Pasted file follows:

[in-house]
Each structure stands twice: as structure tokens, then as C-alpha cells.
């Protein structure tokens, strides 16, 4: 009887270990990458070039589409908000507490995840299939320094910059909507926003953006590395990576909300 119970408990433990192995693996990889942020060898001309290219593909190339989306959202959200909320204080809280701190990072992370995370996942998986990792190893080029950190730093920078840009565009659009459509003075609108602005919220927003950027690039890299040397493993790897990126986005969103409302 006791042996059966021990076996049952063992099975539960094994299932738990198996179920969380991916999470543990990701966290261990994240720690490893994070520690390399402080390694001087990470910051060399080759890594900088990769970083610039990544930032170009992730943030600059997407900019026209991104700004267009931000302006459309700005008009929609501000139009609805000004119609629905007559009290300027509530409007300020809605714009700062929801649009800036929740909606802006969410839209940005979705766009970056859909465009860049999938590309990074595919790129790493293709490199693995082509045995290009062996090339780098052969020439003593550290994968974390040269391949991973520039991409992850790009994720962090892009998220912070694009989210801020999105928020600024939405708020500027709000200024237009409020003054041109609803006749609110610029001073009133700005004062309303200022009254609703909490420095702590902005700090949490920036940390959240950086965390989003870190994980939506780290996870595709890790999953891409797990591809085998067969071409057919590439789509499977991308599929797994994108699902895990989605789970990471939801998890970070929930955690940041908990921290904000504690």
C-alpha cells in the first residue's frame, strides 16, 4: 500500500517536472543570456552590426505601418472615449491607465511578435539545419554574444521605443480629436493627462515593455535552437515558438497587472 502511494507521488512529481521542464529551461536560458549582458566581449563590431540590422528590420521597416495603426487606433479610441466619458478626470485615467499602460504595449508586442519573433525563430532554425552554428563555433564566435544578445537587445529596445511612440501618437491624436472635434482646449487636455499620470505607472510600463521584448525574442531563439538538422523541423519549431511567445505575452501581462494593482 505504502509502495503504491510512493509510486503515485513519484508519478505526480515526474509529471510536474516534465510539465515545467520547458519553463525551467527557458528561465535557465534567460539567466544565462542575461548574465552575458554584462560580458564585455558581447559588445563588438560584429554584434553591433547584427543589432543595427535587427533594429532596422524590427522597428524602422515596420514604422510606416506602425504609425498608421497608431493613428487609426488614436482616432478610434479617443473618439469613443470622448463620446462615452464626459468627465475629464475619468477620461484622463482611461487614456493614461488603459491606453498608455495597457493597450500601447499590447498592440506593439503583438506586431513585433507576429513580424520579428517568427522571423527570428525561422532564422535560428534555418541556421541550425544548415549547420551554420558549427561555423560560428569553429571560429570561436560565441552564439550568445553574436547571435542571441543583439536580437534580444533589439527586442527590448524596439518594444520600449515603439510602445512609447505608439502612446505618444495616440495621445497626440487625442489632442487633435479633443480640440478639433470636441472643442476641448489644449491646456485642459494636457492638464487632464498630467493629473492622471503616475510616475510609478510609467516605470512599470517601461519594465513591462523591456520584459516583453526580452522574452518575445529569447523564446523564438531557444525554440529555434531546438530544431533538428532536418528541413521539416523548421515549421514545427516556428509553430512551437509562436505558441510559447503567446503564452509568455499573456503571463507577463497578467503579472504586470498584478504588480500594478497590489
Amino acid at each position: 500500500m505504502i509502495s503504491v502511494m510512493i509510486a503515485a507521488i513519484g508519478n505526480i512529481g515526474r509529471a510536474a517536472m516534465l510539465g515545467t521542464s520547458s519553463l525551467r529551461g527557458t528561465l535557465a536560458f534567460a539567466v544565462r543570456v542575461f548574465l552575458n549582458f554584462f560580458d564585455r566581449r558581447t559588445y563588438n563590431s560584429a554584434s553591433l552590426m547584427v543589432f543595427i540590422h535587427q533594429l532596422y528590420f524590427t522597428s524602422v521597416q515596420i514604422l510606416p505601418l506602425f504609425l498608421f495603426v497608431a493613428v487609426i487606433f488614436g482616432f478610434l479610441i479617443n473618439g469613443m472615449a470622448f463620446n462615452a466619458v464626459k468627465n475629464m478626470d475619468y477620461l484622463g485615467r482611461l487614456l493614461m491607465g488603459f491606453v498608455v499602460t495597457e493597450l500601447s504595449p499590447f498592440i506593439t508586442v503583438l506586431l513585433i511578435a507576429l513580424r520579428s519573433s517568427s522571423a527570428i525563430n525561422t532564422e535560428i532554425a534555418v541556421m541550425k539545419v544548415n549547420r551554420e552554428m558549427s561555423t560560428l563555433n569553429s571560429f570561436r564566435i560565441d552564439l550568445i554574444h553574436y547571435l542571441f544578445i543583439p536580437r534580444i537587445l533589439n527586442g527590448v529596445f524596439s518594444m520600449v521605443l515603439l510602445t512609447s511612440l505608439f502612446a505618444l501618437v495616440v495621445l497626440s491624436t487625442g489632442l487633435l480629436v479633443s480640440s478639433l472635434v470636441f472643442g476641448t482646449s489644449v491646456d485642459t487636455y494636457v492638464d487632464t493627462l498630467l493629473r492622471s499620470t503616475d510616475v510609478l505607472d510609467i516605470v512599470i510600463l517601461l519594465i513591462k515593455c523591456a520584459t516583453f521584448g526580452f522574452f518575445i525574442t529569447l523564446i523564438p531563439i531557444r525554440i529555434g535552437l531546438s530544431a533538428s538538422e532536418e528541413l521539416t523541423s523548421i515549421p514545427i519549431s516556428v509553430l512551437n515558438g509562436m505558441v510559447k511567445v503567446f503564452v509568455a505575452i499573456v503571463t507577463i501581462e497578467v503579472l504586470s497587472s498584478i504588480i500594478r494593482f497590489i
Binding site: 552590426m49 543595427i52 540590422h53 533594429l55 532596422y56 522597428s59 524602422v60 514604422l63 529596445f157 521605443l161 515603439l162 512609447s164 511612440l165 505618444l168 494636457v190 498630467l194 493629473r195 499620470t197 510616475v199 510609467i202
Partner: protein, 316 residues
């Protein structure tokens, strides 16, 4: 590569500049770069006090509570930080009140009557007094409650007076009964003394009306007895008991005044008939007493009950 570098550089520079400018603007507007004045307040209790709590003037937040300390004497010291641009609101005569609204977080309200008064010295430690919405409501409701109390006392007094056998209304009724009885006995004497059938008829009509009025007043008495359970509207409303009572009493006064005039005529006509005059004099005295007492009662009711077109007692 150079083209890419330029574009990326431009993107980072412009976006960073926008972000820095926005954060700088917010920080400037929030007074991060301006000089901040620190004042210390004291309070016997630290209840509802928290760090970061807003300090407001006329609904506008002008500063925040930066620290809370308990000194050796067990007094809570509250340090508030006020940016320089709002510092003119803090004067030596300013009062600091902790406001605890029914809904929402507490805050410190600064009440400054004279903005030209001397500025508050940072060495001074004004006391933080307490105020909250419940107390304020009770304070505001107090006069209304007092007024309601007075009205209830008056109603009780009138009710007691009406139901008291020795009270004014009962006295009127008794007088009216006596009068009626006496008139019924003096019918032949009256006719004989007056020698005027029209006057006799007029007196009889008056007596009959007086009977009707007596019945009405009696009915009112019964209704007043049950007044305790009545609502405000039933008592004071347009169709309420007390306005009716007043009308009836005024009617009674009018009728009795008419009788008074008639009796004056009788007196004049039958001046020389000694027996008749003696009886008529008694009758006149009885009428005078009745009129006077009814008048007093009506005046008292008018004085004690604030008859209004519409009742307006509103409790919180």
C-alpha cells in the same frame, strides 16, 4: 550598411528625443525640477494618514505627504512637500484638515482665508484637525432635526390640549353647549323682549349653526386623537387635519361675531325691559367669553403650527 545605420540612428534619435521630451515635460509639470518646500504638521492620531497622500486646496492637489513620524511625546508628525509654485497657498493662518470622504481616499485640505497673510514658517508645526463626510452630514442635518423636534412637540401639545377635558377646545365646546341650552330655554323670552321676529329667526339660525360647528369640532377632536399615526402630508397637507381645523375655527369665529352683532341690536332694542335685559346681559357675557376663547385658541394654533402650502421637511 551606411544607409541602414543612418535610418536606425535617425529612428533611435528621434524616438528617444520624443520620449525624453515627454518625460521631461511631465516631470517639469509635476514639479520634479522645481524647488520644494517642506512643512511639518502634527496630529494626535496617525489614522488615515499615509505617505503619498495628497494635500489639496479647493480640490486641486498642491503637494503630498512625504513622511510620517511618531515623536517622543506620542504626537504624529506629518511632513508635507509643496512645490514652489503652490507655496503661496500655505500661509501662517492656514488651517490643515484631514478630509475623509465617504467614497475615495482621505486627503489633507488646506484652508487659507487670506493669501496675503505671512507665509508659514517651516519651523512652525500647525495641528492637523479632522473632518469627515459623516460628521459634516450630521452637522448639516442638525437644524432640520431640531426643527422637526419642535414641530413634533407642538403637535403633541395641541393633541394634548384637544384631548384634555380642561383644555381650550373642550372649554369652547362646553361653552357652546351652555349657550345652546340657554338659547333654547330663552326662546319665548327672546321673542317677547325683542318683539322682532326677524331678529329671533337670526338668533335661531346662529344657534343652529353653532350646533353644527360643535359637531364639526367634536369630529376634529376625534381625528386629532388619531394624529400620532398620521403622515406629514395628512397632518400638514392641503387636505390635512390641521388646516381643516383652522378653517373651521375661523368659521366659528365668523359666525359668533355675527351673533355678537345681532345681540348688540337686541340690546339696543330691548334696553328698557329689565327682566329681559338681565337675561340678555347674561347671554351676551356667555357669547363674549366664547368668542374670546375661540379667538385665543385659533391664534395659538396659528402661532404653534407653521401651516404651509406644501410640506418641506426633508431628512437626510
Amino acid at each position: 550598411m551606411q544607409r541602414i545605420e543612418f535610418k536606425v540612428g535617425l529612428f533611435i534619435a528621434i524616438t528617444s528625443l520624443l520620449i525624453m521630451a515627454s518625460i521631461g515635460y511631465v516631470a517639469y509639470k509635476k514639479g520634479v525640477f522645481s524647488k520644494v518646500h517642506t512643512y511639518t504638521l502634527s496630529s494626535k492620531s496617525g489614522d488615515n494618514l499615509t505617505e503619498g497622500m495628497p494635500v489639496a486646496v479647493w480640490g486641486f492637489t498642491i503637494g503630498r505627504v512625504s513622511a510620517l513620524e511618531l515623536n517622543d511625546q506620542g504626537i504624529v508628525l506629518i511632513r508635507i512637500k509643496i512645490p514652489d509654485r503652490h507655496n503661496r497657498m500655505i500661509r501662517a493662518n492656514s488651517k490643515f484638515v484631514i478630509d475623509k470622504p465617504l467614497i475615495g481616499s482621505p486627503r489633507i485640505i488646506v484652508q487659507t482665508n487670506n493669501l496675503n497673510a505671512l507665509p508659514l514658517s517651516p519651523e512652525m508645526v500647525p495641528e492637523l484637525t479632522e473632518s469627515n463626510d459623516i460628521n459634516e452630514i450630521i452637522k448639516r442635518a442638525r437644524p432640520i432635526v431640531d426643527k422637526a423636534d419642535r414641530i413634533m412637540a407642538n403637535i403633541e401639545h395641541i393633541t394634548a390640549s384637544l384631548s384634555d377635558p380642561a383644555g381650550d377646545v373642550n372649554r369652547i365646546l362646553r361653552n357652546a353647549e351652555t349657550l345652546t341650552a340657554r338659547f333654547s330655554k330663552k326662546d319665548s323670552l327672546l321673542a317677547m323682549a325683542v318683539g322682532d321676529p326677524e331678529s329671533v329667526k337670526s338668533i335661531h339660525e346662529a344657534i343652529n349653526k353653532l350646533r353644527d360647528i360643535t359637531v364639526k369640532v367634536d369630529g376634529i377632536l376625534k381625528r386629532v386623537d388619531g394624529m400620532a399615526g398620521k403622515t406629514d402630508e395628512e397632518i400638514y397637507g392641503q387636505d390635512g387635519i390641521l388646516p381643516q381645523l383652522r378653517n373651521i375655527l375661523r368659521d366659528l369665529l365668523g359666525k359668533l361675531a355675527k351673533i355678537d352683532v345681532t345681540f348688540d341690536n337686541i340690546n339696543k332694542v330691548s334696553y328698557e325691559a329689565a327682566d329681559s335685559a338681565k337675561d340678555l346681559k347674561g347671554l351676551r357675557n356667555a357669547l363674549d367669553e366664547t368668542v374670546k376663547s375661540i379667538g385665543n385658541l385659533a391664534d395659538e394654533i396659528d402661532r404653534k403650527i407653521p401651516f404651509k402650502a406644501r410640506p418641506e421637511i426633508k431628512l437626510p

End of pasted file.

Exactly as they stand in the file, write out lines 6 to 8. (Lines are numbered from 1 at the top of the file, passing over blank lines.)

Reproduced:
Binding site: 552590426m49 543595427i52 540590422h53 533594429l55 532596422y56 522597428s59 524602422v60 514604422l63 529596445f157 521605443l161 515603439l162 512609447s164 511612440l165 505618444l168 494636457v190 498630467l194 493629473r195 499620470t197 510616475v199 510609467i202
Partner: protein, 316 residues
């Protein structure tokens, strides 16, 4: 590569500049770069006090509570930080009140009557007094409650007076009964003394009306007895008991005044008939007493009950 570098550089520079400018603007507007004045307040209790709590003037937040300390004497010291641009609101005569609204977080309200008064010295430690919405409501409701109390006392007094056998209304009724009885006995004497059938008829009509009025007043008495359970509207409303009572009493006064005039005529006509005059004099005295007492009662009711077109007692 150079083209890419330029574009990326431009993107980072412009976006960073926008972000820095926005954060700088917010920080400037929030007074991060301006000089901040620190004042210390004291309070016997630290209840509802928290760090970061807003300090407001006329609904506008002008500063925040930066620290809370308990000194050796067990007094809570509250340090508030006020940016320089709002510092003119803090004067030596300013009062600091902790406001605890029914809904929402507490805050410190600064009440400054004279903005030209001397500025508050940072060495001074004004006391933080307490105020909250419940107390304020009770304070505001107090006069209304007092007024309601007075009205209830008056109603009780009138009710007691009406139901008291020795009270004014009962006295009127008794007088009216006596009068009626006496008139019924003096019918032949009256006719004989007056020698005027029209006057006799007029007196009889008056007596009959007086009977009707007596019945009405009696009915009112019964209704007043049950007044305790009545609502405000039933008592004071347009169709309420007390306005009716007043009308009836005024009617009674009018009728009795008419009788008074008639009796004056009788007196004049039958001046020389000694027996008749003696009886008529008694009758006149009885009428005078009745009129006077009814008048007093009506005046008292008018004085004690604030008859209004519409009742307006509103409790919180």